SEATTLE - It's the first day of school for nearly 50,000 students in Seattle, but high school students will be sleeping in a little this year because of changed school start times. The time changes are going to affect drivers, too.
Drive patterns around schools are going to shift starting Wednesday morning.
Most elementary schools, like Martin Luther King Jr., are starting at least an hour earlier, so traffic around Rainier Avenue South will be busy earlier than last year.
Meanwhile, Seattle middle and high schools are going to start about an hour later than last year -- 8:45 a.m. instead of 7:50 a.m.
The new schedule may help traffic around Franklin High School. Kids driving to school or getting dropped off later may alleviate some morning commute congestion at Martin Luther King Jr. Way and Rainier Avenue South.
But since they're starting the school day later, they're also ending the school day later.
Franklin, and most Seattle high schools won't get out until 3:15 p.m., right when the afternoon commute is starting.
Kenneth Coco is a driver for St. Mary's Food Bank and frequently gets caught in bumper to bumper traffic near Interstate 90.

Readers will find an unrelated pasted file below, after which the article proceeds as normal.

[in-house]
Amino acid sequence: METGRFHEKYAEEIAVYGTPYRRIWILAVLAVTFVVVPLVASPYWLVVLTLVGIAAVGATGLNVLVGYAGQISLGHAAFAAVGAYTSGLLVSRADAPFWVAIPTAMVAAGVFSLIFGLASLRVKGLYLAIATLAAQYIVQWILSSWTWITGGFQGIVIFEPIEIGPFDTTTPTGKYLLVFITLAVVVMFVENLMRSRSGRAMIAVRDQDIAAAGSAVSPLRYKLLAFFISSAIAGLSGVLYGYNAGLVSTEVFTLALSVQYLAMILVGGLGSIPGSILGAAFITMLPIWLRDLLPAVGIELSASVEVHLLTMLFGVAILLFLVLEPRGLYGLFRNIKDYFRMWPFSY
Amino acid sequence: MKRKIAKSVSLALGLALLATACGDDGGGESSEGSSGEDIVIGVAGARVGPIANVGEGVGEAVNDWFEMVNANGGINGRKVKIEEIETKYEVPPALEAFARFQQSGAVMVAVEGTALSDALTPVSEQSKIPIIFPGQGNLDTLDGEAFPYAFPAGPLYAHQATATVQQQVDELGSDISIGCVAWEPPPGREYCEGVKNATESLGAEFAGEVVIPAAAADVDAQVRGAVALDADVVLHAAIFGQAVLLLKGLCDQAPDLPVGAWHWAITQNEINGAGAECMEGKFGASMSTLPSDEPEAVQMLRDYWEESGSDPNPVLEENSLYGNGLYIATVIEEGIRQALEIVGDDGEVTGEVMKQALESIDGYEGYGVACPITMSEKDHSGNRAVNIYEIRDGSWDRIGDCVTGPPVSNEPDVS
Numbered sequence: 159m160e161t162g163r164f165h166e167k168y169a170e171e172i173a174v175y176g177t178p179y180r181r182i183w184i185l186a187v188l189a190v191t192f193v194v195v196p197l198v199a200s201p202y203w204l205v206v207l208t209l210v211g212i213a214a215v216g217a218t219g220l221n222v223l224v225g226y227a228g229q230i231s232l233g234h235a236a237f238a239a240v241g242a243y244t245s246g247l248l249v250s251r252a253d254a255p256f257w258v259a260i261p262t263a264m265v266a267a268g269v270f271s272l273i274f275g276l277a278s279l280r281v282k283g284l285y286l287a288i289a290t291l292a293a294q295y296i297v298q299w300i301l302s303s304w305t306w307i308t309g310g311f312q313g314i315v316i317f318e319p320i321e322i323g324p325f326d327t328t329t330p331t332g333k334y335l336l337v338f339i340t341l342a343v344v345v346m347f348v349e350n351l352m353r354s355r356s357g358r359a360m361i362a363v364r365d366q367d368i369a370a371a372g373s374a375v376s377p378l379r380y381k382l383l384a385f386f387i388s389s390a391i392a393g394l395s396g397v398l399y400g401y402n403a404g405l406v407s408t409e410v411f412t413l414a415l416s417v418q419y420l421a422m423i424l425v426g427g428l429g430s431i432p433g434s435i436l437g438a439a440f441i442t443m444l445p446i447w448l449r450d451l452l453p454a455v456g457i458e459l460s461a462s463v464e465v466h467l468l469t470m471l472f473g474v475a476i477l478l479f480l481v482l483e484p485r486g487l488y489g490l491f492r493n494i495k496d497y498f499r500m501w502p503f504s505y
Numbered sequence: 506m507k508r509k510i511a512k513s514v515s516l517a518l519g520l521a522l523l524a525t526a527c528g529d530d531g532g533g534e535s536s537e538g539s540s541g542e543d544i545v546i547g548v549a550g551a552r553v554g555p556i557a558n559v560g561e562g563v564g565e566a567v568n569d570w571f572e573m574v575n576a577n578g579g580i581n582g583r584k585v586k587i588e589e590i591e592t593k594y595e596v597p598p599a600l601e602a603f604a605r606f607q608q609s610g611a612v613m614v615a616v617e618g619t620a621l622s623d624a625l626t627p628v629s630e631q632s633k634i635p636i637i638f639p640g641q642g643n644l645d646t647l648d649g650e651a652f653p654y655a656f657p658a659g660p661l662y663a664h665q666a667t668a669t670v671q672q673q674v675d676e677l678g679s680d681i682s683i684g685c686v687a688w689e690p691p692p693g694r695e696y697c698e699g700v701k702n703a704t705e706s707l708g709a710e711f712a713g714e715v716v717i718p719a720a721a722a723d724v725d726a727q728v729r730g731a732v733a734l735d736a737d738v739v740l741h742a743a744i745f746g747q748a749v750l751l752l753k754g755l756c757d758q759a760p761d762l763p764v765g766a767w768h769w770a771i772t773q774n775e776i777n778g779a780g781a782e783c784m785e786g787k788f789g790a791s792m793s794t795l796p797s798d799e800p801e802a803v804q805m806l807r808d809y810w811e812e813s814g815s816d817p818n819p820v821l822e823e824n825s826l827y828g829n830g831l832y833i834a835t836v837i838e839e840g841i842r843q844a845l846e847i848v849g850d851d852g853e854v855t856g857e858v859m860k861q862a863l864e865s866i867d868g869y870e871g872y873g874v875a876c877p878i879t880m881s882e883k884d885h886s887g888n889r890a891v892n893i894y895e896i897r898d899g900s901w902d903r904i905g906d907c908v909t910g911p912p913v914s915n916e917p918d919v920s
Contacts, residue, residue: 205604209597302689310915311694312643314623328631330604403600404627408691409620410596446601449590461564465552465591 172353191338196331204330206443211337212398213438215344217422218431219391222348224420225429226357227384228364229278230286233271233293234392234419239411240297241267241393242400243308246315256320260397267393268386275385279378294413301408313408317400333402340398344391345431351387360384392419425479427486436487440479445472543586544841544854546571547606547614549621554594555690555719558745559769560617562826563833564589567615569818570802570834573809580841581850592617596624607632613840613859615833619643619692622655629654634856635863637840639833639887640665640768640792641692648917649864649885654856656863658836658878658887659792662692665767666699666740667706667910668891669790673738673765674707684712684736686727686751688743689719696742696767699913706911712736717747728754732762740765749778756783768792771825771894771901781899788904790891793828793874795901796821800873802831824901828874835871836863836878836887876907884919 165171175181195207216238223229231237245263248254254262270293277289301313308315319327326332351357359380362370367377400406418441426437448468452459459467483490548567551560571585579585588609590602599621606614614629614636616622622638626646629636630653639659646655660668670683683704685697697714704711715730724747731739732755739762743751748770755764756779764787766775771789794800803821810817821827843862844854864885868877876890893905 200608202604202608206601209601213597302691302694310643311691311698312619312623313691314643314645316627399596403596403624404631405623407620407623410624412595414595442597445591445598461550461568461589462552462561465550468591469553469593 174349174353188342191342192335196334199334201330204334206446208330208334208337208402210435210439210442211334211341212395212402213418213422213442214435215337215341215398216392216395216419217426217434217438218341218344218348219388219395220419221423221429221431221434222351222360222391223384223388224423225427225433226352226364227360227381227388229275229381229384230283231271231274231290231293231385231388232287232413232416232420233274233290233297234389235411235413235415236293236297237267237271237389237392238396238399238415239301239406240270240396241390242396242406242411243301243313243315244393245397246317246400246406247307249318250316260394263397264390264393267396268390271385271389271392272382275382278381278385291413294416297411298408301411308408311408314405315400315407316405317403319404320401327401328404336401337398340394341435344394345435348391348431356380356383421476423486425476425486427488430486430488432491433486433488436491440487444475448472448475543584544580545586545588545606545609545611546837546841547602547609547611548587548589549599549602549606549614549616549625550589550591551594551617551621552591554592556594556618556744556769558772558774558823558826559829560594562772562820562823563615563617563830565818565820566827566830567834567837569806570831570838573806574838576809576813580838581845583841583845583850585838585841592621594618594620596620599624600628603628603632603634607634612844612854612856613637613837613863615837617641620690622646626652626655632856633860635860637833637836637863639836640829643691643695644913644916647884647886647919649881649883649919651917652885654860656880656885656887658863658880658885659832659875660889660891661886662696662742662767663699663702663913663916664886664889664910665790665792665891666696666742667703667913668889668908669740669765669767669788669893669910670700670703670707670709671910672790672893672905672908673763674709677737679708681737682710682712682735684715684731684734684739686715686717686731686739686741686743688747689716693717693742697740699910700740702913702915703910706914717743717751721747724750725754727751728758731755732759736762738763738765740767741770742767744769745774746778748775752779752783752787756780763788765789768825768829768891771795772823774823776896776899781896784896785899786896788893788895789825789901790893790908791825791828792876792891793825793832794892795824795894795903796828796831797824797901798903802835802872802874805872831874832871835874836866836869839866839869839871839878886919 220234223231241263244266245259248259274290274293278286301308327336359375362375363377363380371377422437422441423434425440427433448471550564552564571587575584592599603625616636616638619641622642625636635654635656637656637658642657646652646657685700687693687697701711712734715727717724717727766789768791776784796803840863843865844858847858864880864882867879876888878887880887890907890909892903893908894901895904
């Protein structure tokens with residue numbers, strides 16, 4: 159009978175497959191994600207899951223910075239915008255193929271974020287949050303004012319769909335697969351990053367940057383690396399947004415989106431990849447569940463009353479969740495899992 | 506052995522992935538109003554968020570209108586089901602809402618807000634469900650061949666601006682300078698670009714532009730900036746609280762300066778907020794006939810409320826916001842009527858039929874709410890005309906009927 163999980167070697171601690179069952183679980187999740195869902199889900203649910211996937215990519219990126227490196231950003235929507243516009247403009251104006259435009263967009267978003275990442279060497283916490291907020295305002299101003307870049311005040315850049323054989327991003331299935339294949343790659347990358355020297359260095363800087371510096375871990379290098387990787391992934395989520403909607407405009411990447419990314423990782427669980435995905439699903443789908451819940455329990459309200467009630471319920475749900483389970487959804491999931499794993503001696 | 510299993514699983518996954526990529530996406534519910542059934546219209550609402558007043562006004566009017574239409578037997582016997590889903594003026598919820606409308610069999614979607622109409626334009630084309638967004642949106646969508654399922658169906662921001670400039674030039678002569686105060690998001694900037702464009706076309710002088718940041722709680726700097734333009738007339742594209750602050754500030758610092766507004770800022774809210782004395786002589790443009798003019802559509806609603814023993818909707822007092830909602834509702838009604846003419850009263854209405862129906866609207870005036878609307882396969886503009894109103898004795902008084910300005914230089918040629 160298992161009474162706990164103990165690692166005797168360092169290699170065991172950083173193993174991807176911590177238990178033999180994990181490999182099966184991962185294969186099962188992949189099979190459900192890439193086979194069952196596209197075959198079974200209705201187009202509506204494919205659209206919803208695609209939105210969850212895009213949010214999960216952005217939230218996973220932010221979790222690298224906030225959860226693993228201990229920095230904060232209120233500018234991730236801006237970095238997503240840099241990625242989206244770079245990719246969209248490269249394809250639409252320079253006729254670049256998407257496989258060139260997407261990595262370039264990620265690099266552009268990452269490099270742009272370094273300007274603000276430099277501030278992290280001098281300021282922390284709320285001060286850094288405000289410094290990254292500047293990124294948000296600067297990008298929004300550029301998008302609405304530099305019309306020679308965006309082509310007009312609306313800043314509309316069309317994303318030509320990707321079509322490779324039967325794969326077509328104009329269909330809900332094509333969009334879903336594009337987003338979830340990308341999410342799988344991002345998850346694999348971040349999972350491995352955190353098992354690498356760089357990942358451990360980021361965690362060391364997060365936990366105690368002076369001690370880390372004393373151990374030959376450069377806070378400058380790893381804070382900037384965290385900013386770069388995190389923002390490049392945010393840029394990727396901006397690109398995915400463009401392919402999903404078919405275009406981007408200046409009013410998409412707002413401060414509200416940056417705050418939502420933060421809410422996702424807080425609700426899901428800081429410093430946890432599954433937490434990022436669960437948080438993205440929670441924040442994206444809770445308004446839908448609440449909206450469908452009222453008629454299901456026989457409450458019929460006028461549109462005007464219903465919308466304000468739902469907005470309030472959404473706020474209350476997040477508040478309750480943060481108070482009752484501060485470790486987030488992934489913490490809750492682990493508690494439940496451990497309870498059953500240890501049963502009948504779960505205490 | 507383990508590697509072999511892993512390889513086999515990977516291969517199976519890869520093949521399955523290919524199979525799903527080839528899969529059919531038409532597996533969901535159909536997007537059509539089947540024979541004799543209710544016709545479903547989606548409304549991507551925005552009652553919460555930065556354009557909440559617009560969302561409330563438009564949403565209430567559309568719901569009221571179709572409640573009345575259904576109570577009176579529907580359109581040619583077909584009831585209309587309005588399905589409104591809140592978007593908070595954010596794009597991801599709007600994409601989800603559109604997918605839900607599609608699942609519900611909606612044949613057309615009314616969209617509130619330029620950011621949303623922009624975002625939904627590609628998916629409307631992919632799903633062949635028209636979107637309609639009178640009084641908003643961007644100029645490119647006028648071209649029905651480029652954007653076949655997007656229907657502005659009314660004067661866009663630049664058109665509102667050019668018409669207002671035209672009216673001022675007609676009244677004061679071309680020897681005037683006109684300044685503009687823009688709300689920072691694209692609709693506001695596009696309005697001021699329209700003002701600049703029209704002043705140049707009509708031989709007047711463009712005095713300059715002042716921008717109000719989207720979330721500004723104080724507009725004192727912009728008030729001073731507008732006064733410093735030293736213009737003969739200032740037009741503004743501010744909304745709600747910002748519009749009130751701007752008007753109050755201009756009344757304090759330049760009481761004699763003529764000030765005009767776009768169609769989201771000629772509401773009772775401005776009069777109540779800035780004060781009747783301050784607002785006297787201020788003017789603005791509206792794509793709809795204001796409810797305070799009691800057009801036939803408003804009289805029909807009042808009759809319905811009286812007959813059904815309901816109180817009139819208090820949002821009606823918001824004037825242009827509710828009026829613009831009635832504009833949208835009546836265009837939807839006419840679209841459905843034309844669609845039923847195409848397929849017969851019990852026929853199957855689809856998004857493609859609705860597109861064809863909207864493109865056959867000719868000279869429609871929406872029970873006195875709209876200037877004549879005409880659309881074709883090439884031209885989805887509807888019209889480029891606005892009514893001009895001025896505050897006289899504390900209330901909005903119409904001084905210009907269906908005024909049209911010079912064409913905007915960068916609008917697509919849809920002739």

“And if you got kids that got to go that way, and they drive, you're going to have more trouble. More accidents,” said Coco.
Needless to say, Coco isn't looking forward to the start of school.
The school district says the time changes should help students learn at their optimum times.
Biologically speaking, high school students need more sleep than elementary school-aged kids, so flipping the times will accommodate that.
But there are repercussions to the changed start and end times other than traffic. Families have also complained about having to change their child care routines and late after school activities.
Those impacts will be felt starting Wednesday.
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